Peer assessment engages students in the learning process while building collaboration and communication skills. Simply put, peer assessment consists of students giving informed feedback to one another. For effective peer assessment to exist, students must fully understand the standards being measured and participate in a constructive process of critique supported by a safe and open classroom culture.
The following tools, articles, and videos feature the main components of peer assessment. Resources include:
- Examples of peer assessment in action
- Instructions for using the ladder of feedback technique to guide peer interactions
- Ideas to help create the culture needed for open and honest peer feedback
SATC Peer Assessment Guide
This short guide gives a detailed description of peer assessment that supports a student-centered classroom. It includes tips for implementation.
Student-Centered Assessment Video Resources
These videos produced by SATC, in conjunction with Dr. Heidi Andrade, Ed.D. and the students and teachers from IS 223 (Brooklyn, New York), show student-centered assessment in practice. The first, third, and fourth videos feature peer assessment.
Authentic Assessments Video Playlist: Student-to-Student Assessment and Peer Conferencing
These videos showcase formative assessment in action. Of particular interest are the videos, Student-to-Student Assessment, which features middle school students working in small groups to review, revise, and reflect on homework and Peer Conferencing, which shows students using a rubric to self-assess quality of work in a math class.
Ladder of Feedback
This protocol/structure establishes a culture of trust and support by sequencing feedback in an order that is constructive. It can be used by students to provide peer feedback or by fellow educators observing each other’s classrooms.
Assessing their Own Work: Students as Active Participants
This video shows students working in groups to better understand learning standards. The teacher also discusses the importance of giving students ownership over assessment by letting them decide how they can demonstrate learning through self and peer assessments.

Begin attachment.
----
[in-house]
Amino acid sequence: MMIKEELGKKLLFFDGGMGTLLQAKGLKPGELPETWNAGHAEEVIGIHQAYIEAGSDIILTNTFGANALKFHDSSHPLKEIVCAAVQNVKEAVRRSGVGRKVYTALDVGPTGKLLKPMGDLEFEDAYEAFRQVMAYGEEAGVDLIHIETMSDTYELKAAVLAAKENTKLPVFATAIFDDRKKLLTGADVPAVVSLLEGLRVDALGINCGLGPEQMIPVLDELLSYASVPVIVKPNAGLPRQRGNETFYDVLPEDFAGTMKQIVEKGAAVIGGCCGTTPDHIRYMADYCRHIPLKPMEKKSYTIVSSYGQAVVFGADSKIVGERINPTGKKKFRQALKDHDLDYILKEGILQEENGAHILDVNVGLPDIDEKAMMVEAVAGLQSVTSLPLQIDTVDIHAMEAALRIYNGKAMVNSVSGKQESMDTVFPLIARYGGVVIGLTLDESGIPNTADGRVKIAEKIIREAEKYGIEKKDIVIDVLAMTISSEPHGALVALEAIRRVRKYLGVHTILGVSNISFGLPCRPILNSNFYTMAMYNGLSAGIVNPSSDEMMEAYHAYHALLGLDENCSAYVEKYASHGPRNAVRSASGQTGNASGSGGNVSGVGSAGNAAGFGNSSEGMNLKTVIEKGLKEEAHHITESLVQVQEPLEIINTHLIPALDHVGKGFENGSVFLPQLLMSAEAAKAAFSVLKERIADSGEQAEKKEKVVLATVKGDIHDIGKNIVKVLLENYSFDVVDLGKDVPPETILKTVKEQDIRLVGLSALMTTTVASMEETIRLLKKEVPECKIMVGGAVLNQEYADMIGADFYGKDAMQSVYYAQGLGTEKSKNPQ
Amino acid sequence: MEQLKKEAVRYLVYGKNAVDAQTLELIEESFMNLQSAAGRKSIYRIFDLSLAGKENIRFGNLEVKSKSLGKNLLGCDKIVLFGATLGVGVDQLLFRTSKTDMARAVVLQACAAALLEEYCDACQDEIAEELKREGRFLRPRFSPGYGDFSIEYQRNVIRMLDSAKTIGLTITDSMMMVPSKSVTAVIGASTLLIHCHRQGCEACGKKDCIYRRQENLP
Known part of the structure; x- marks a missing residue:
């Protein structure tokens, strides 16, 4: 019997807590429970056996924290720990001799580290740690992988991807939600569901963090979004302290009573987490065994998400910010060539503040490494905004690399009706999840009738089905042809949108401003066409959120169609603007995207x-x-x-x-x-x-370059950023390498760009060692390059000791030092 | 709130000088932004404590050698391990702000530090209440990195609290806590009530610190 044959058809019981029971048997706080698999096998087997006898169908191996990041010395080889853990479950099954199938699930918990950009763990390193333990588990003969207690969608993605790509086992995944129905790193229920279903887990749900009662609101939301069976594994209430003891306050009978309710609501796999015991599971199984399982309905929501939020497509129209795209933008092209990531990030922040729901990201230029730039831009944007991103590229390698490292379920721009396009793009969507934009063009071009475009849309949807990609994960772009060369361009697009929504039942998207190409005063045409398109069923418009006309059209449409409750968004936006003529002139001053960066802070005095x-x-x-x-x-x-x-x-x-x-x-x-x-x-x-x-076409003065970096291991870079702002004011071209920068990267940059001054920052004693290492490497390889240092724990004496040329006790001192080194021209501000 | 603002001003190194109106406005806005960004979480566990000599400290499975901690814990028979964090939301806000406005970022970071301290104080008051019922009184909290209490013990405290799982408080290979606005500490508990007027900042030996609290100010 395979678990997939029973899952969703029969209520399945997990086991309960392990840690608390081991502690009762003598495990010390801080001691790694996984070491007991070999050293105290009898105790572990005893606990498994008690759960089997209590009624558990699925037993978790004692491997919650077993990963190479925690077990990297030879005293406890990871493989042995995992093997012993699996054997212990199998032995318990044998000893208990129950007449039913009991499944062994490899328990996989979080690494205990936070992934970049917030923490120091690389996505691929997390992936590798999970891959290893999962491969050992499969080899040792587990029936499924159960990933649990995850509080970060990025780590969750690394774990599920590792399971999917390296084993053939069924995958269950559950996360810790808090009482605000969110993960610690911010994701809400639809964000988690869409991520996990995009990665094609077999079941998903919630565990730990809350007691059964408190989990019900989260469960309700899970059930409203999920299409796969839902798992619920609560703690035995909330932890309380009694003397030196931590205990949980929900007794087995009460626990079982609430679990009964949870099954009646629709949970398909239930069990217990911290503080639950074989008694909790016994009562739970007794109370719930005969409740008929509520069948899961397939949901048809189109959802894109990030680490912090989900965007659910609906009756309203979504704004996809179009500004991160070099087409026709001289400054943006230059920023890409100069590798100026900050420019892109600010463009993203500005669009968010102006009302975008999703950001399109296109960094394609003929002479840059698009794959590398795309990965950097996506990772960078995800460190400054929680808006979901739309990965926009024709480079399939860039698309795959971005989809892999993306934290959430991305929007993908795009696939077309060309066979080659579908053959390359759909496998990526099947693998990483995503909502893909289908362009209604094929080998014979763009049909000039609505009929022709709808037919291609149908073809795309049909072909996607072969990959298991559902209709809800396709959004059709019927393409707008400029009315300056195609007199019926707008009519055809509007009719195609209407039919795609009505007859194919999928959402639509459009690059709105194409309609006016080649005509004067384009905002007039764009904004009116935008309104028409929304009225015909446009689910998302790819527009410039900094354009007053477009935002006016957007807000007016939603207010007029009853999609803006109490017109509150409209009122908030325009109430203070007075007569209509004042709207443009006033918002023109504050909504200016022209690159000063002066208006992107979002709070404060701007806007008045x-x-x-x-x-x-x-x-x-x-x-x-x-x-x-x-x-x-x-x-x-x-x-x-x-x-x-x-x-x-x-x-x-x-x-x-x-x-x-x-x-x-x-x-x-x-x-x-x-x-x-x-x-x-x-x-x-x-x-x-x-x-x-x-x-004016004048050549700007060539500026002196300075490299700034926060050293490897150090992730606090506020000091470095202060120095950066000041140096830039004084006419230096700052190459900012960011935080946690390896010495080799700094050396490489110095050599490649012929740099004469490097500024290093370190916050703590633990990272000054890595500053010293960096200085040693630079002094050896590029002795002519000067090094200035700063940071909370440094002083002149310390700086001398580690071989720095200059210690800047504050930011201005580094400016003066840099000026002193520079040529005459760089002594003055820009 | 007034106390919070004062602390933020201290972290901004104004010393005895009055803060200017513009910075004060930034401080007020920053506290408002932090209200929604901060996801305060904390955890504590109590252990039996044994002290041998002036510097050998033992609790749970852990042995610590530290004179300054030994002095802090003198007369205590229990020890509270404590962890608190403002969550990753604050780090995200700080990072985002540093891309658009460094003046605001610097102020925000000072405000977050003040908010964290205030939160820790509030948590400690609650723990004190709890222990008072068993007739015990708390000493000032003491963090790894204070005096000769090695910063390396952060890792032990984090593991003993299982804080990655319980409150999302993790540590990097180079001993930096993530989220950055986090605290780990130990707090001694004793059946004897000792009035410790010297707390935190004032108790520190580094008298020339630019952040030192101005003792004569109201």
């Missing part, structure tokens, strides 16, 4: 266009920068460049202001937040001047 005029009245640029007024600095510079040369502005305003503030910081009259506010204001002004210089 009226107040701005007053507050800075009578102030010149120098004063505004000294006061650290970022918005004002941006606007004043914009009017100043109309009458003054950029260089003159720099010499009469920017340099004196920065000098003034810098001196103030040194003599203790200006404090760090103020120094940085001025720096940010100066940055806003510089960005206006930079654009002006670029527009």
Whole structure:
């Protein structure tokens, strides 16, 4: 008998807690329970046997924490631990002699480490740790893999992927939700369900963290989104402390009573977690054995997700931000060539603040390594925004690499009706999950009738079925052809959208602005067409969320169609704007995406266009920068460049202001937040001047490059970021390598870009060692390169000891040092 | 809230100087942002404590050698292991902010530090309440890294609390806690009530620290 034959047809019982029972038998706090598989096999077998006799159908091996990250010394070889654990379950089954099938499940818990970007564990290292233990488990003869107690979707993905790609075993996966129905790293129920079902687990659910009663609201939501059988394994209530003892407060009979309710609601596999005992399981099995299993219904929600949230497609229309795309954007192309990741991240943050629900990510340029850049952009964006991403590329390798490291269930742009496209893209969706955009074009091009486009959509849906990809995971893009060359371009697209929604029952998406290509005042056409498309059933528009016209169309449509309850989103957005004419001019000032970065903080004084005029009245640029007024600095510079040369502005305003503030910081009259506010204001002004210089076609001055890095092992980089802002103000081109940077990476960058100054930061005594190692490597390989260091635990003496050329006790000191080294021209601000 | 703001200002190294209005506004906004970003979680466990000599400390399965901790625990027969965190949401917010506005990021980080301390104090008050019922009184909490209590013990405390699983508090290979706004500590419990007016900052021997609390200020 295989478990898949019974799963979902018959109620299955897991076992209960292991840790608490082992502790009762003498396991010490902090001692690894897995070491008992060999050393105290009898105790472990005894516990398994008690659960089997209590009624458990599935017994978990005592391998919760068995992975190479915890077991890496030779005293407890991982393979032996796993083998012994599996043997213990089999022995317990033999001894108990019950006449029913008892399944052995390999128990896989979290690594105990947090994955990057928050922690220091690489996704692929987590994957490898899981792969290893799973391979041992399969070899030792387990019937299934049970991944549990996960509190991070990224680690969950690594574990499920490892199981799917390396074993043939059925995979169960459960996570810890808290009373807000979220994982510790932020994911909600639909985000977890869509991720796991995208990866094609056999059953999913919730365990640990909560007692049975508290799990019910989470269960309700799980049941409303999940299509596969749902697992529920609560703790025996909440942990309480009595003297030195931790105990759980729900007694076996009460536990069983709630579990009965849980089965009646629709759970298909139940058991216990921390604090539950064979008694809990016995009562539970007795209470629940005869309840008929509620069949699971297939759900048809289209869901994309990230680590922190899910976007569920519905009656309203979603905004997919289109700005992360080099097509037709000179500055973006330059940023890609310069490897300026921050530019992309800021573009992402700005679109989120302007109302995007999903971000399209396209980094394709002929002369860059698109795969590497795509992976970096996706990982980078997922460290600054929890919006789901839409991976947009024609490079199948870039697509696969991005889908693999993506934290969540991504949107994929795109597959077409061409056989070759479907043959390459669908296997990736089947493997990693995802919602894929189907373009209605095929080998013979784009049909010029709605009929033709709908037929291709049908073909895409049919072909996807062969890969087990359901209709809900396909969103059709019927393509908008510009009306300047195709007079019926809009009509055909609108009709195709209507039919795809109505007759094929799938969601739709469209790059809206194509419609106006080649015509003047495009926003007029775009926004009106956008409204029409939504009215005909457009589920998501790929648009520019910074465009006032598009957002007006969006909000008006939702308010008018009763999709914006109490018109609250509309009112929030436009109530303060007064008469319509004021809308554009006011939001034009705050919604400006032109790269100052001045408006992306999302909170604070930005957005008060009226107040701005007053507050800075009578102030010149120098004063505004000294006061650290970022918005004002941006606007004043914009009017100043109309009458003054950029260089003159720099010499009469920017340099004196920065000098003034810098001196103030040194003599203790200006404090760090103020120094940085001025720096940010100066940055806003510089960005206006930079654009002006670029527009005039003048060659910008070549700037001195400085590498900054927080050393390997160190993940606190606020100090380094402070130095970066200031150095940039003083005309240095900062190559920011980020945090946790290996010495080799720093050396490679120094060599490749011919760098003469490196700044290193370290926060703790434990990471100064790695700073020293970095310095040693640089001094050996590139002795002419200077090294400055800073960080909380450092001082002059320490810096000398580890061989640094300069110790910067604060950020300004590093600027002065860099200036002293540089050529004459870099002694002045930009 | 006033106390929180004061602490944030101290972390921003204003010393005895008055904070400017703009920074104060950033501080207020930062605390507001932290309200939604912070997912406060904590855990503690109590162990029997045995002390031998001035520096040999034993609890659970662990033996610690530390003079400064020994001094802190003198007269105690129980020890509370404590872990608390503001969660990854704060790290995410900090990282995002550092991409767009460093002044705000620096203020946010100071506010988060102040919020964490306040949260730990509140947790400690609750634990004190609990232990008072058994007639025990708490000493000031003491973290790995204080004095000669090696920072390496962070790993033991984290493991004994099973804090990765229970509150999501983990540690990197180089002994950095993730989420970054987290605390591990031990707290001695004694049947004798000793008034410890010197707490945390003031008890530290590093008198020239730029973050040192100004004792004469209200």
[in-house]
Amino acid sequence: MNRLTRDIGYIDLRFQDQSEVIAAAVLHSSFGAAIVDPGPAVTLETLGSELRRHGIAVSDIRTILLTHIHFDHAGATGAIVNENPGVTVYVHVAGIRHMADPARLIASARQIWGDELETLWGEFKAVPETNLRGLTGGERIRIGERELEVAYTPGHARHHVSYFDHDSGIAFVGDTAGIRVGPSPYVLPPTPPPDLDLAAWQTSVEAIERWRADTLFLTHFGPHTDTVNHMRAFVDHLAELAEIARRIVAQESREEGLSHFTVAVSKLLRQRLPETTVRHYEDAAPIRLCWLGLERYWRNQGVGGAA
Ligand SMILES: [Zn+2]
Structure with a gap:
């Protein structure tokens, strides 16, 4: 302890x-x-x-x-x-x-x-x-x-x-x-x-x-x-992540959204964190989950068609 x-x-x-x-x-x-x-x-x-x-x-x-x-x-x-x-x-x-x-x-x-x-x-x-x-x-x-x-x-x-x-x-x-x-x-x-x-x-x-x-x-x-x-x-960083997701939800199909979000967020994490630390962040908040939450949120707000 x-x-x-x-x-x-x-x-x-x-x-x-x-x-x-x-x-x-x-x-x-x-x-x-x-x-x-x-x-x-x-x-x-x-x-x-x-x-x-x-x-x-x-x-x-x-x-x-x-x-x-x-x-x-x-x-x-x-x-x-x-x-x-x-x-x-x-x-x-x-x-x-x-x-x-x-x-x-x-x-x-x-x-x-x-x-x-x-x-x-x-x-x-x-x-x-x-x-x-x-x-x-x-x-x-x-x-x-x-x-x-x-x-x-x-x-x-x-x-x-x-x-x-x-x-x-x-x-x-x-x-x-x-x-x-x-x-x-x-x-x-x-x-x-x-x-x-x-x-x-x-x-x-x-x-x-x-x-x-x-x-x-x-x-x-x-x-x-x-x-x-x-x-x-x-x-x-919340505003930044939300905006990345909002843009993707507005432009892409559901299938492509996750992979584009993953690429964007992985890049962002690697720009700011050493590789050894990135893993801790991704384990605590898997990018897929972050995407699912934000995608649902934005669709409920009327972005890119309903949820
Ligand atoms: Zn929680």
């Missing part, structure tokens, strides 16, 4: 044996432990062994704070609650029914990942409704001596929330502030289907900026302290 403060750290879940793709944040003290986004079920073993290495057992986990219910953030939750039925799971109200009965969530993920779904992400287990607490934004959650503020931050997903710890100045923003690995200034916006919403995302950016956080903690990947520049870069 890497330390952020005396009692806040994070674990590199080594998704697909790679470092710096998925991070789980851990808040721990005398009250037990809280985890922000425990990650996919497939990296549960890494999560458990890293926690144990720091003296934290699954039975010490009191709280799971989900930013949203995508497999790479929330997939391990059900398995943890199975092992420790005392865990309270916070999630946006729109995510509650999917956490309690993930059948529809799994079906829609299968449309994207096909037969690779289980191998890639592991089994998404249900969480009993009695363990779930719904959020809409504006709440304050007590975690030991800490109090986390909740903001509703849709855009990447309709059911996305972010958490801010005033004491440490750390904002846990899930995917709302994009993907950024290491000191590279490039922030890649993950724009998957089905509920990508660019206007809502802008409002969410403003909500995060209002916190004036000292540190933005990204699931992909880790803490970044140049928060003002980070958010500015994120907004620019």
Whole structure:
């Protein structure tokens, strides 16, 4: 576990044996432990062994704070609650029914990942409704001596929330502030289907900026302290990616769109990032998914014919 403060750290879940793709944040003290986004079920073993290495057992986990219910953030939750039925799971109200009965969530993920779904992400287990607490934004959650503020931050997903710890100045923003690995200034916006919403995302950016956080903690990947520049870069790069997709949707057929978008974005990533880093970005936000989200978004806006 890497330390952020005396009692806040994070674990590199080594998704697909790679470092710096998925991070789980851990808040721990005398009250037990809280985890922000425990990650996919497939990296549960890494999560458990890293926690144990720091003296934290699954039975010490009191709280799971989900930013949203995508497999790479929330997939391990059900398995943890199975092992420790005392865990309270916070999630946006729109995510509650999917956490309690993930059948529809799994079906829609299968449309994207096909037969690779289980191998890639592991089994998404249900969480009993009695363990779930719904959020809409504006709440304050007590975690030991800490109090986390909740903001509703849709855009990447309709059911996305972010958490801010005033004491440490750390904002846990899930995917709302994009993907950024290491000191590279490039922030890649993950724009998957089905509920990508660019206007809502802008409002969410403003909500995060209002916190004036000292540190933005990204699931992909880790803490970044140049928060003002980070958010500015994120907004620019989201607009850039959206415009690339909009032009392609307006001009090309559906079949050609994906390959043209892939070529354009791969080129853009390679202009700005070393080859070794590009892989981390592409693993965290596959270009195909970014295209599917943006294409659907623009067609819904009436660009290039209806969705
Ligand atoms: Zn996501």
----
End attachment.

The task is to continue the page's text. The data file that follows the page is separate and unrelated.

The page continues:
Want to Set Students Up for Success? Make Room for Vulnerability
This article, written by a student, describes the type of culture that allows students to give and receive feedback to each other openly and honestly to improve learning.
Portfolios document student growth from novice to master rather than only highlighting the “finish line” or final report. To begin, students determine their goals with their teacher and peers; select work to be included, whether in digital or hard copy format; and consider how each piece demonstrates progress toward those goals. Often called, “process”, “project”, or “learning” portfolios, these collections of learning celebrate not just mastery, but the journey of learning. Sometimes portfolios are presented to an authentic audience at an exhibition.
The resources listed below examine many of the key ideas behind process portfolios. They include:
- A look at students preparing portfolios and leading parent teacher conferences
- Ideas to ensure portfolios support student learning
- Tips and tools for creating and using digital portfolios
SATC Process Portfolio Assessment Guide
This short guide includes a detailed description of process portfolios, which include a curated set of artifacts that show growth over time. It also includes implementation tips.
In Charge: Student-Led Conferences at Pittsfield Middle High School
This video shows students in student-led parent conferences and in advisory group preparing for them. It explores how they select the artifacts to present during the conference in order to illustrate their learning process and growth, not only their achievement.